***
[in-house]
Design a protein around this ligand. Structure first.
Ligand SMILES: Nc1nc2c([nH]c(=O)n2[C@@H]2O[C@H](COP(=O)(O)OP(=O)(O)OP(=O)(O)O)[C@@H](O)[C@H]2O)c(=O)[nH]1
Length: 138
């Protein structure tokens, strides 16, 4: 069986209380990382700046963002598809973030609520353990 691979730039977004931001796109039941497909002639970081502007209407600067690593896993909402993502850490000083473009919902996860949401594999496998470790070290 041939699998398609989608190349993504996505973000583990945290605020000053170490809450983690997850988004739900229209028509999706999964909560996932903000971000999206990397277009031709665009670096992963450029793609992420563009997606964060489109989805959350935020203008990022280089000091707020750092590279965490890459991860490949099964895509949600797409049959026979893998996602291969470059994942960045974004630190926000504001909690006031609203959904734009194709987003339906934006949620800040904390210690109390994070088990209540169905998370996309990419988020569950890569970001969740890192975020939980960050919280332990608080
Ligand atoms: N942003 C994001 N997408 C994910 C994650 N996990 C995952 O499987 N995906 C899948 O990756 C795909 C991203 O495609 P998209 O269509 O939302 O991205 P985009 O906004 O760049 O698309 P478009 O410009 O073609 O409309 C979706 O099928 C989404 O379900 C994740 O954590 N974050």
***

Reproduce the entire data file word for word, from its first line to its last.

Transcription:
[in-house]
Design a protein around this ligand. Structure first.
Ligand SMILES: Nc1nc2c([nH]c(=O)n2[C@@H]2O[C@H](COP(=O)(O)OP(=O)(O)OP(=O)(O)O)[C@@H](O)[C@H]2O)c(=O)[nH]1
Length: 138
């Protein structure tokens, strides 16, 4: 069986209380990382700046963002598809973030609520353990 691979730039977004931001796109039941497909002639970081502007209407600067690593896993909402993502850490000083473009919902996860949401594999496998470790070290 041939699998398609989608190349993504996505973000583990945290605020000053170490809450983690997850988004739900229209028509999706999964909560996932903000971000999206990397277009031709665009670096992963450029793609992420563009997606964060489109989805959350935020203008990022280089000091707020750092590279965490890459991860490949099964895509949600797409049959026979893998996602291969470059994942960045974004630190926000504001909690006031609203959904734009194709987003339906934006949620800040904390210690109390994070088990209540169905998370996309990419988020569950890569970001969740890192975020939980960050919280332990608080
Ligand atoms: N942003 C994001 N997408 C994910 C994650 N996990 C995952 O499987 N995906 C899948 O990756 C795909 C991203 O495609 P998209 O269509 O939302 O991205 P985009 O906004 O760049 O698309 P478009 O410009 O073609 O409309 C979706 O099928 C989404 O379900 C994740 O954590 N974050």